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LM_Sensors Patches Support New Hardware

Hardware

Published on 26 October 2008 07:36 AM EDT
Written by Michael Larabel in Hardware
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On the first of October we talked about a new LM_Sensors patch that supports new AMD CPUs and it had arrived almost immediately after the release of LM_Sensors 3.0.3. With almost a month having by since we last talked about this open-source hardware sensor monitoring project, there are a number of new patches that have come about to support new hardware.

A patch has been added so that there's an hwmon driver for the ADT7462, which is an ASIC that supports up to 4 fans, 4 temperatures, and 13 voltage sensors. A new driver has been introduced for the Integrated Circuits ICS932S401. For those with an IT8720 controller, that support has been added to the IT87 driver. Some of the other hardware now supported in LM_Sensors through these recent patches include the Linear Technology LTC4245 Multiple Supply Hot Swap controller and Texas Instruments / Burr Brown INA209.

The LM_Sensors library, libsensors, has also received support for instantaneous power sensors. You may recall a few weeks ago when Apple introduced NVIDIA-powered MacBooks and those too are now supported by LM_Sensors on Linux. The MacBook 5 and iMac 5 are now supported with their sensors.

Also new within the LM_Sensors project this month are a number of Eee PC hwmon interface fixes, various other hwmon patches, and more driver fixes. There's also some hwmon updates for the Linux 2.6.28 kernel.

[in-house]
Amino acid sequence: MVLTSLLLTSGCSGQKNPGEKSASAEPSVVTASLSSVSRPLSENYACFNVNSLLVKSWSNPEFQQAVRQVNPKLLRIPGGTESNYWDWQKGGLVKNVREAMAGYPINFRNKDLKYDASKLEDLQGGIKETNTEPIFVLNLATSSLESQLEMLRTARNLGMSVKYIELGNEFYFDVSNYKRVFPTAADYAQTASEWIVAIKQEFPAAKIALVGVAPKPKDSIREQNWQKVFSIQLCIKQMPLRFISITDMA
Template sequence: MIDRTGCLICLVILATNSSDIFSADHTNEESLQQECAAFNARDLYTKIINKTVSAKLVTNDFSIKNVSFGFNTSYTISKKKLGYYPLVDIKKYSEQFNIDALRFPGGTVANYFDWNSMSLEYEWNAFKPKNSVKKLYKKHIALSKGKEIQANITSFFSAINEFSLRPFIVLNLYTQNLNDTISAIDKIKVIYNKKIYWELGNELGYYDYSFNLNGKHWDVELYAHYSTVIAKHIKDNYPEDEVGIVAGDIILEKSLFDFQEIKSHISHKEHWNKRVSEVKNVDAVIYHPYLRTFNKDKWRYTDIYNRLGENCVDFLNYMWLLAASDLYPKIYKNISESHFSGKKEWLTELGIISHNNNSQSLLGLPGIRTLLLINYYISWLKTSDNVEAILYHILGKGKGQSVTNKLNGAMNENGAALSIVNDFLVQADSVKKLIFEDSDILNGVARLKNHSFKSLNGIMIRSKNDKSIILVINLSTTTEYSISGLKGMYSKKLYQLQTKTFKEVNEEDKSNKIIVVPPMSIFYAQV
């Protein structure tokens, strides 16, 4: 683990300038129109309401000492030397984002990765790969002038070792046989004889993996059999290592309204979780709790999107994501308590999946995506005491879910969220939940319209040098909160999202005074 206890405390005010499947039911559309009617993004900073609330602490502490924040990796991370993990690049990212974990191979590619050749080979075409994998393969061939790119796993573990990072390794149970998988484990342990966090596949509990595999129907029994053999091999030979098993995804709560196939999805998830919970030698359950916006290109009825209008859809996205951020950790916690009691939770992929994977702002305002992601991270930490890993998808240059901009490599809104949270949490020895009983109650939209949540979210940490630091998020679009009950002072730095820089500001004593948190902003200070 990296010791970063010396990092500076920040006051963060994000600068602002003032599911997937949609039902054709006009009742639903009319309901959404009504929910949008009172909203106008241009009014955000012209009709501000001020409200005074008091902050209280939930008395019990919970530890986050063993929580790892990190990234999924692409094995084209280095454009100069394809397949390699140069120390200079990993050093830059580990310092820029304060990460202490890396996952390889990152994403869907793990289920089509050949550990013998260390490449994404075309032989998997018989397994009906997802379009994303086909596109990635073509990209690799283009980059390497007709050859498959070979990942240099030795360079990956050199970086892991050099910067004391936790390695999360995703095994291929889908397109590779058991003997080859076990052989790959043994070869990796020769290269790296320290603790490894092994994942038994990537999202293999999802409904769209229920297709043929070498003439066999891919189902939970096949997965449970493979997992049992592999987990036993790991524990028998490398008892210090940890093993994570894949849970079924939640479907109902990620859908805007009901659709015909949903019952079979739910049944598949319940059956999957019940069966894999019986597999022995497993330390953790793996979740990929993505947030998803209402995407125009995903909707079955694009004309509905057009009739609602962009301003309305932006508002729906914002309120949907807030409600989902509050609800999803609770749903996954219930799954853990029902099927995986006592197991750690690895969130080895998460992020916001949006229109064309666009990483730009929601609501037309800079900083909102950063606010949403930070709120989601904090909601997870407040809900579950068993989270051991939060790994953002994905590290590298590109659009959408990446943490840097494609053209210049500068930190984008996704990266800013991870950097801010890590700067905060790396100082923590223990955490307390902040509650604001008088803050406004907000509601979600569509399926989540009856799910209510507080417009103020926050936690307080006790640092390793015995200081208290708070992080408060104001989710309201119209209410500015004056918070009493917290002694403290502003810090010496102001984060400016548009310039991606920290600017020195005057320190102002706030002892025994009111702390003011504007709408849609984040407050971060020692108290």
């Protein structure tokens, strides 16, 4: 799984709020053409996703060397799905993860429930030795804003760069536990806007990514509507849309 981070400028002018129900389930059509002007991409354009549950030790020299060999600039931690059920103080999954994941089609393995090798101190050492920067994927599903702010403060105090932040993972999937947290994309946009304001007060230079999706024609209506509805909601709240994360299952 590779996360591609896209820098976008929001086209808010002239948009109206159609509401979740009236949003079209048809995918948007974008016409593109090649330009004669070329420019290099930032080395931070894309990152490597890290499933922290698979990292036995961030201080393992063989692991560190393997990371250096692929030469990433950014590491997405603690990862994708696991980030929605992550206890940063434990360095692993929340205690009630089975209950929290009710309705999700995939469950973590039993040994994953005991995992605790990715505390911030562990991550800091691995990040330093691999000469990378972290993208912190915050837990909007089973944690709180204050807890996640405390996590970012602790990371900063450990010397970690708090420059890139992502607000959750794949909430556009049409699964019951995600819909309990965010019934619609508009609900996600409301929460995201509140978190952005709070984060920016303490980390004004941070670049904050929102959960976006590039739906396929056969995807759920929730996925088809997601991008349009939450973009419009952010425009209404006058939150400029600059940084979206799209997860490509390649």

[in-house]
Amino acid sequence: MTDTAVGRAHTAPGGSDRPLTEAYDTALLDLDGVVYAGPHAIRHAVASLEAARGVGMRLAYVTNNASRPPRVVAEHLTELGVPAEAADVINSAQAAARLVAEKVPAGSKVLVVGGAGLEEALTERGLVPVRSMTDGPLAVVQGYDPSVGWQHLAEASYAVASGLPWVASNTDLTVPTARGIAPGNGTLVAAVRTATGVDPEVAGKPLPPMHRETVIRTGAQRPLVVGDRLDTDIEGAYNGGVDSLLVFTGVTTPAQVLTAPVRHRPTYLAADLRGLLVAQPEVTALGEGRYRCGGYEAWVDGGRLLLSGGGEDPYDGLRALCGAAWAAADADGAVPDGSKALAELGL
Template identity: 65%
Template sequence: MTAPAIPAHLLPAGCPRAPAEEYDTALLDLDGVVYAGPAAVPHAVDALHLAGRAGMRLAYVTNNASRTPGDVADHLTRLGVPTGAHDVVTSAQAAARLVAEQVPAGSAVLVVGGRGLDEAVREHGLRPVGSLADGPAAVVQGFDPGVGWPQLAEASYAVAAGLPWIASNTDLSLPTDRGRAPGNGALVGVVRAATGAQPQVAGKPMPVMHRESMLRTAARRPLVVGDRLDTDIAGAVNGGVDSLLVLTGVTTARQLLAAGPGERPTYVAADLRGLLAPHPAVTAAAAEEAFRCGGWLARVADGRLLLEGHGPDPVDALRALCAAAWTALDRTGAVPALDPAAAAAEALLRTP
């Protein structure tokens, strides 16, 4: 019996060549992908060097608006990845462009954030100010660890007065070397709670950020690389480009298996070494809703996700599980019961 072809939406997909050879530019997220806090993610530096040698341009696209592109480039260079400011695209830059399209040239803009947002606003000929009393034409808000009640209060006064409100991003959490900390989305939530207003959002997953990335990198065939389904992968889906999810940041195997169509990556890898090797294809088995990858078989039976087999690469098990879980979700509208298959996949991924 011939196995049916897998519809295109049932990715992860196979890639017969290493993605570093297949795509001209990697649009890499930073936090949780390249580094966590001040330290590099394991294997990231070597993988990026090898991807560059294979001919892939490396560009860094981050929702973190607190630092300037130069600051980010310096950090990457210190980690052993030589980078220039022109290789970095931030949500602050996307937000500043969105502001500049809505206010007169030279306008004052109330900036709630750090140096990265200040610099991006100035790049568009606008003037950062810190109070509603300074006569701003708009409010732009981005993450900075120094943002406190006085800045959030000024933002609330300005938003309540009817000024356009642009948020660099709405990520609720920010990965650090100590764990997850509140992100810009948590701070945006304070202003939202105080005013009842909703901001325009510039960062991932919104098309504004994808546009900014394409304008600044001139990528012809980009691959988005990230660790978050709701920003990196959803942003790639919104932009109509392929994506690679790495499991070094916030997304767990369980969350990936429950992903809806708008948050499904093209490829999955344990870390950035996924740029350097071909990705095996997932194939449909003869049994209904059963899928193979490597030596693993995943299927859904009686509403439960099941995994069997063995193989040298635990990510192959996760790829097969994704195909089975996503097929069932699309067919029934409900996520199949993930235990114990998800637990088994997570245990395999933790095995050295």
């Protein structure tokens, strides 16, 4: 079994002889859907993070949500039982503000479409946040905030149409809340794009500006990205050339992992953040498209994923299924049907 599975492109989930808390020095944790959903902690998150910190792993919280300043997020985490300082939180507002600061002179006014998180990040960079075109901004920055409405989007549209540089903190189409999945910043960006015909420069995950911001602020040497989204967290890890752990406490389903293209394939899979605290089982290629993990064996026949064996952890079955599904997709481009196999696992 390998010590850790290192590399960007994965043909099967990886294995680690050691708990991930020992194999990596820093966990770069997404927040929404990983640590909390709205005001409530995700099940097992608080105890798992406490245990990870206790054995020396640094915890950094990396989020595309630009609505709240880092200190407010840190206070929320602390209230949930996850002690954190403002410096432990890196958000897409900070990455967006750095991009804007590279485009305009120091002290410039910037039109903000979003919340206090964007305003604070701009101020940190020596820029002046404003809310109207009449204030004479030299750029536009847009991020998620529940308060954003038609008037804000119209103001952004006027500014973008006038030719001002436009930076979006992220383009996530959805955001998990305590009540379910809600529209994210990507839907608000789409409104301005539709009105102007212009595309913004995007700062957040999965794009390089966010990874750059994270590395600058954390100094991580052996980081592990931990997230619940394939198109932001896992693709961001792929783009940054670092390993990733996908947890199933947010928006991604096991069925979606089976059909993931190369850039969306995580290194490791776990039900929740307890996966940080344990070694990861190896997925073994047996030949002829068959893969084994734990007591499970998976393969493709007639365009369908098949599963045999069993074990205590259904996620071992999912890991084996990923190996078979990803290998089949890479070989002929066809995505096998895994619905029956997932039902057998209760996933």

A member of the Phoronix Forums has also written a utility to view the thermal sensor on Intel 945 and Intel 965 Chipsets (forum thread). He is now looking at adding this support to LM_Sensors. This developer had written the support based upon Intel's G35/965 documentation they had publicly released. Meanwhile, AMD still hasn't released their Radeon sensors documentation.

About The Author
Michael Larabel is the principal author of Phoronix.com and founded the web-site in 2004 with a focus on enriching the Linux hardware experience and being the largest web-site devoted to Linux hardware reviews, particularly for products relevant to Linux gamers and enthusiasts but also commonly reviewing servers/workstations and embedded Linux devices. Michael has written more than 10,000 articles covering the state of Linux hardware support, Linux performance, graphics hardware drivers, and other topics. Michael is also the lead developer of the Phoronix Test Suite, Phoromatic, and OpenBenchmarking.org automated testing software. He can be followed via and or contacted via .
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